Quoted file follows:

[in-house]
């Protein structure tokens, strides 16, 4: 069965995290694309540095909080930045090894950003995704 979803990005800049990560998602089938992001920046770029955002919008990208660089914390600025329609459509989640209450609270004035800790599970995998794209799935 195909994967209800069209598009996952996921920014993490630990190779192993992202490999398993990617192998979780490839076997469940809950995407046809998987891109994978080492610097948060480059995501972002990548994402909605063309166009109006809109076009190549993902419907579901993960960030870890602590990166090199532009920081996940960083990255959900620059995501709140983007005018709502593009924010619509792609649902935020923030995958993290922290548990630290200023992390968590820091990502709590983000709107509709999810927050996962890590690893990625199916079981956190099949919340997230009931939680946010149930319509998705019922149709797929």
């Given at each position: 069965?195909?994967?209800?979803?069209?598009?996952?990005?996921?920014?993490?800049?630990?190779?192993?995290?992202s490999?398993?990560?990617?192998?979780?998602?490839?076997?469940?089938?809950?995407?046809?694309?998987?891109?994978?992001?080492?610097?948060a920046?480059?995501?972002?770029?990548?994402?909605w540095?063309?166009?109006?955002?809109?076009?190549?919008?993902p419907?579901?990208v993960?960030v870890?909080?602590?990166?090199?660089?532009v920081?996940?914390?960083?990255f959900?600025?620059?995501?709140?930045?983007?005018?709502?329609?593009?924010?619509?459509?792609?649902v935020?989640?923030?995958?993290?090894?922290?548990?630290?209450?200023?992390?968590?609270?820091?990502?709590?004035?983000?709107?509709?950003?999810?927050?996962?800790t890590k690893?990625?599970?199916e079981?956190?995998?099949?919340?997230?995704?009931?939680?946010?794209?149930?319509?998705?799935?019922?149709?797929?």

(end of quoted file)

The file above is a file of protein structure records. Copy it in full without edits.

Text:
[in-house]
């Protein structure tokens, strides 16, 4: 069965995290694309540095909080930045090894950003995704 979803990005800049990560998602089938992001920046770029955002919008990208660089914390600025329609459509989640209450609270004035800790599970995998794209799935 195909994967209800069209598009996952996921920014993490630990190779192993992202490999398993990617192998979780490839076997469940809950995407046809998987891109994978080492610097948060480059995501972002990548994402909605063309166009109006809109076009190549993902419907579901993960960030870890602590990166090199532009920081996940960083990255959900620059995501709140983007005018709502593009924010619509792609649902935020923030995958993290922290548990630290200023992390968590820091990502709590983000709107509709999810927050996962890590690893990625199916079981956190099949919340997230009931939680946010149930319509998705019922149709797929």
């Given at each position: 069965?195909?994967?209800?979803?069209?598009?996952?990005?996921?920014?993490?800049?630990?190779?192993?995290?992202s490999?398993?990560?990617?192998?979780?998602?490839?076997?469940?089938?809950?995407?046809?694309?998987?891109?994978?992001?080492?610097?948060a920046?480059?995501?972002?770029?990548?994402?909605w540095?063309?166009?109006?955002?809109?076009?190549?919008?993902p419907?579901?990208v993960?960030v870890?909080?602590?990166?090199?660089?532009v920081?996940?914390?960083?990255f959900?600025?620059?995501?709140?930045?983007?005018?709502?329609?593009?924010?619509?459509?792609?649902v935020?989640?923030?995958?993290?090894?922290?548990?630290?209450?200023?992390?968590?609270?820091?990502?709590?004035?983000?709107?509709?950003?999810?927050?996962?800790t890590k690893?990625?599970?199916e079981?956190?995998?099949?919340?997230?995704?009931?939680?946010?794209?149930?319509?998705?799935?019922?149709?797929?």